Fann: Astros just sent reminder to Mariners they’re not going anywhere
The Houston Astros reminded the baseball world on Monday that they aren’t going anywhere. The defending champs signed former White Sox slugger José Abreu to a three-year, $60 million deal.
Abreu is no spring chicken as he’ll be 36 come opening day 2023, but he’s the perfect first base/designated hitter to lengthen Houston’s lineup. He’s coming off a 3.9 fWAR season with a 137 wRC+. His 16.2% strikeout percentage was a career low and indicates his bat will remain productive as a pure hitter who doesn’t rely on the long ball.
The signing is an obvious win-now move that reiterates the reality that Houston’s championship window remains wide open. Sure, Abreu is 35 and Jose Altuvé is 32, but the Astros possess a young core consisting of Alex Bregman (28), Yordan Alvarez (25), Jeremy Peña (25) and Kyle Tucker (25).
This should be obvious but I’ll say it anyway: No team’s goal should be to outlast the Houston’s window. When you couple the Astros’ young core with their unparalleled player development, especially when it comes to pitchers, you must expect Houston to remain the team to beat in the American League for the foreseeable future.
The Mariners should operate this offseason with that thought in mind. Seattle has already turned the key from rebuild to win now, and compared to other AL contenders the Mariners have to contend with the Astros in order to win their division.
Acquisitions that make the roster marginally better are ultimately inconsequential if they don’t meaningfully close the gap that exists between Houston and Seattle. Adding Teoscar Hernández was a tremendous start to the Mariners’ offseason. Hernández is a power bat that will fit nicely in the middle of the order behind Julio Rodríguez and Ty France.
Hernández alone won’t be enough, of course. Fans know that. President of baseball operations Jerry Dipoto and general manager Justin Hollander know that. Ownership knows that. But what will be the next dominoes to fall? Until another impact bat (or two?) are acquired, it can’t be taken as a foregone conclusion that they’re coming.
Seattle has been linked to Brandon Nimmo, Michael Conforto and Andrew Benintendi as left-handed bats in the outfield, per reports by MLB Network’s Jon Morosi and Ryan Divish of the Seattle Times. Outside of Nimmo, the latter two names aren’t necessarily an obvious upgrade over a Sam Haggerty/Jarred Kelenic platoon in left field.
The middle infield remains my most significant concern. Seattle doesn’t have a starting second baseman at the moment, and the team is desperate for an impact bat after getting so little out of J.P. Crawford and Adam Frazier in 2022. Frazier posted a wRC+ of just 81, with Crawford just a shade above average at 104. The two combined for just nine home runs, 118 runs scored and 84 RBI.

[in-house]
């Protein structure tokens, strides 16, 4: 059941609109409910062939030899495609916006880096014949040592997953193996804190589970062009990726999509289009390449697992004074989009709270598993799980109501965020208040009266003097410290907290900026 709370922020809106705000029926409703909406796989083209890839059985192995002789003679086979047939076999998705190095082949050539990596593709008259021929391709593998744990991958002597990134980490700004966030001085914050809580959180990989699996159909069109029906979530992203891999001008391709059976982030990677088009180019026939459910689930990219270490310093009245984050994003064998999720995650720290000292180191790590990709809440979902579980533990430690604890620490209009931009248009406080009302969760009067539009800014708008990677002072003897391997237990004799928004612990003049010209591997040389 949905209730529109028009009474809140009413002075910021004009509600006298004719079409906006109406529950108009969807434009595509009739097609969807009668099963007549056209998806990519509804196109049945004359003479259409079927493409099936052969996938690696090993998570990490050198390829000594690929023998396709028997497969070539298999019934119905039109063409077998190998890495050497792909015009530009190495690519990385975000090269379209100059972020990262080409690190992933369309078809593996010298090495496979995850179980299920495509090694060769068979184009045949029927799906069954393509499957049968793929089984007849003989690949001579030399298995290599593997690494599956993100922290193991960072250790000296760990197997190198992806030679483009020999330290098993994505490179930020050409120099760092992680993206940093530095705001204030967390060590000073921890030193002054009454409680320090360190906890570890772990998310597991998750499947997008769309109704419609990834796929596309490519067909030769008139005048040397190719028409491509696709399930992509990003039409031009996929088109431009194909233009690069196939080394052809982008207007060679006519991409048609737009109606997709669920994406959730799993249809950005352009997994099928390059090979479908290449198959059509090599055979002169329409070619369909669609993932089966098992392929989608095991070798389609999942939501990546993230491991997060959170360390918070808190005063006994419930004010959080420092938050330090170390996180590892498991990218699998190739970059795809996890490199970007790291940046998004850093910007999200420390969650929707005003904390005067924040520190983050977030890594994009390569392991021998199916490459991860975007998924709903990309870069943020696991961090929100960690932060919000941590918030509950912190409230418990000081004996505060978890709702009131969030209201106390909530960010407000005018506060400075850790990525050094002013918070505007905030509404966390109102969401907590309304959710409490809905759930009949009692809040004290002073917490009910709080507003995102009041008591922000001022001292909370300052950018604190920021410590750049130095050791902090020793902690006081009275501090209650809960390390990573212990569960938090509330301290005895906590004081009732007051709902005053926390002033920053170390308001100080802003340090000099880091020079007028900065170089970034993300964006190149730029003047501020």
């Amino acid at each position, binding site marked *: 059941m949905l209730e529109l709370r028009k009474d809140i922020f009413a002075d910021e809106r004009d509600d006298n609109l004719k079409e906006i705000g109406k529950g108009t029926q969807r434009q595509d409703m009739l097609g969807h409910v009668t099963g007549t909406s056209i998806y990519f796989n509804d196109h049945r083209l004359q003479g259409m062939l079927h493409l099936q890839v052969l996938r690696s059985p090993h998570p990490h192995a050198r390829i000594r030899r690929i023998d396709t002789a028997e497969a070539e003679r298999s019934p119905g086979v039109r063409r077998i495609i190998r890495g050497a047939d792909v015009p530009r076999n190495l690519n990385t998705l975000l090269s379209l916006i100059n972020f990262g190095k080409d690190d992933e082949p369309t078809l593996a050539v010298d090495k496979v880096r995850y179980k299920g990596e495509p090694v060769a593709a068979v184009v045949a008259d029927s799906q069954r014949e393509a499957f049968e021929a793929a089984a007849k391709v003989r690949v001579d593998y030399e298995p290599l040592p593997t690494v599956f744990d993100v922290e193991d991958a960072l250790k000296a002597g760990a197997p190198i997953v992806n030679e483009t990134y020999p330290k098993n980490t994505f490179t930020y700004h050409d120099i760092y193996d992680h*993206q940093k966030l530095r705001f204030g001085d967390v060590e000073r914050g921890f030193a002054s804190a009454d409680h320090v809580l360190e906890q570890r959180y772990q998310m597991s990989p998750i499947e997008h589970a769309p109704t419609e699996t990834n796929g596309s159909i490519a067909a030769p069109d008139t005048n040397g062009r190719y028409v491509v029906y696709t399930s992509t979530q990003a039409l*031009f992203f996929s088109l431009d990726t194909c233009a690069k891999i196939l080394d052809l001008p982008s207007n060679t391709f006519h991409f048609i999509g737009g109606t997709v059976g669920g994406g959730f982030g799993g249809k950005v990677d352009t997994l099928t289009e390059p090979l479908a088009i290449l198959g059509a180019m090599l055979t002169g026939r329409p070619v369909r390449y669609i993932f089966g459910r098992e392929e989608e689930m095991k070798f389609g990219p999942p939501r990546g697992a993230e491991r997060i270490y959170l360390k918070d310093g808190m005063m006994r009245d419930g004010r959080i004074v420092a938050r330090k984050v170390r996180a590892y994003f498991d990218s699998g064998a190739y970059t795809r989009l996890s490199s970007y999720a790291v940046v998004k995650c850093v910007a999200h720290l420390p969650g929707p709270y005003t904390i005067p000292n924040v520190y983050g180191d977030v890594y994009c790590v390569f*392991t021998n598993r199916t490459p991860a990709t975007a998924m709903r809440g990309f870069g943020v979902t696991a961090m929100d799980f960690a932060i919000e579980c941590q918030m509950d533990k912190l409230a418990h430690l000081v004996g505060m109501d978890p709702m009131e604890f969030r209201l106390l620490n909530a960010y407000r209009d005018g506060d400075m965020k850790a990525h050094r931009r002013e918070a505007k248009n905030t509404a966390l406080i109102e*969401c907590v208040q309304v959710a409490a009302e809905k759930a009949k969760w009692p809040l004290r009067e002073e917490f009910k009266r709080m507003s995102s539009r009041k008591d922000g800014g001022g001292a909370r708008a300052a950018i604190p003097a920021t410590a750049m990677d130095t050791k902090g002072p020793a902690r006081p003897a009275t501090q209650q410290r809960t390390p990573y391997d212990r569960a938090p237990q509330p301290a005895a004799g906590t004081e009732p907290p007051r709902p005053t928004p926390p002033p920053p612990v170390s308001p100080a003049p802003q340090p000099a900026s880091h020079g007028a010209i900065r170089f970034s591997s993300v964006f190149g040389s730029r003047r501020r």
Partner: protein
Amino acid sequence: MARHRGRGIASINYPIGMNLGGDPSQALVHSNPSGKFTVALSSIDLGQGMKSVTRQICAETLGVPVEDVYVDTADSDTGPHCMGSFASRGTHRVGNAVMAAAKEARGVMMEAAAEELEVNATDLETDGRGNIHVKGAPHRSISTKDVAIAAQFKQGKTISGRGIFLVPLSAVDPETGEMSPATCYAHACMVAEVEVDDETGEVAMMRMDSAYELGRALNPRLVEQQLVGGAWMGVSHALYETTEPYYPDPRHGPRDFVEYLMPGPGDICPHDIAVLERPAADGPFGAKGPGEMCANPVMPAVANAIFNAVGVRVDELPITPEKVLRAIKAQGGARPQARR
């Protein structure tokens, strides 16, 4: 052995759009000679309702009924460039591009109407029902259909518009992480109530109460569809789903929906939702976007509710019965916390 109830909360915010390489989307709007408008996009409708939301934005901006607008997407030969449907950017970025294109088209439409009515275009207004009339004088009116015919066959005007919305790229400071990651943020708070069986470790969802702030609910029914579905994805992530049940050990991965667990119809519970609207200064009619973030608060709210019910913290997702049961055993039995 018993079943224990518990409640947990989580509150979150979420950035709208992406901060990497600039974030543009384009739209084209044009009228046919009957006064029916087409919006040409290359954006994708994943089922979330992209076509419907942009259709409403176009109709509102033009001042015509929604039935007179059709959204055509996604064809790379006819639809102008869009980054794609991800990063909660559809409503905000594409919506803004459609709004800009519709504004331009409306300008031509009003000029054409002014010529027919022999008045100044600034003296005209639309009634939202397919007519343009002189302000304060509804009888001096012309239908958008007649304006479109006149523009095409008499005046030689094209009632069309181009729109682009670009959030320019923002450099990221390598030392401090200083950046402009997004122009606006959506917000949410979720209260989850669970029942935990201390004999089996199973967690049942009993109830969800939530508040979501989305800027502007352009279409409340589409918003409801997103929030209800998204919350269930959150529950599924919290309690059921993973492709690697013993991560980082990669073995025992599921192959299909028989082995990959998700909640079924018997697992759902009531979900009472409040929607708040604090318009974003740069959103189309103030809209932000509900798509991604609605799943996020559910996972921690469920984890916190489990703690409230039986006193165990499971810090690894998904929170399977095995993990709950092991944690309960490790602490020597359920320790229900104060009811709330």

I know I sound like a broken record at this point, but the easiest path to a seismic upgrade is by signing one of the Big Four free agent shortstops. There’s no obvious trade candidate that would figure to be a more significant contributor.
Sure, there’s risk when it comes to giving big money to a free agent. You might have to stomach a few years of a bad contract on the back end. But Carlos Correa (28 years old), Trea Turner (29), Dansby Swanson (28) and Xander Bogaerts (30) should all have several years left of their prime. They also won’t cost prospects that would be required in a trade package for an upgrade to the middle infield.
Here’s what each accomplished at the plate last season:
• Correa – 4.4 fWAR, 140 wRC+, 22 home runs, 70 runs, 64 RBI
• Turner – 6.3 fWAR, 128 wRC+, 21 home runs, 101 runs, 100 RBI
• Swanson – 6.4 fWAR, 116 wRC+, 25 home runs, 99 runs, 96 RBI
• Bogaerts – 6.1 fWAR, 134 wRC+, 15 home runs, 84 runs, 73 RBI
All four had a greater individual fWAR than Crawford and Frazier combined (3.1 total). Each offers the ideal mix of elite upside while filling a sizeable need for Seattle without blocking anyone else on the roster.
Beggars can’t be choosers, and Mariners fans should be thrilled with any of the four, but if I had to rank my personal preference it would be Correa, Turner, Bogaerts and then Swanson.
None of this is breaking news, and we have no clue when the first of these four might sign and be taken off the board. But Abreu signing with the Astros on Monday offered another reminder just how vital a sense of urgency is for Seattle’s ownership and front office.
More Mariners offseason coverage
• Morosi: Haniger’s future, how two big names leaving their teams benefits M’s
• Mariners Hot Stove Hype: Yankees trade chip 2B Torres, FA OF Benintendi
• Fann: Surveying the Mariners top 3 options to complete their outfield
• Mariners Hot Stove Hype: Close look at free agents Profar, Myers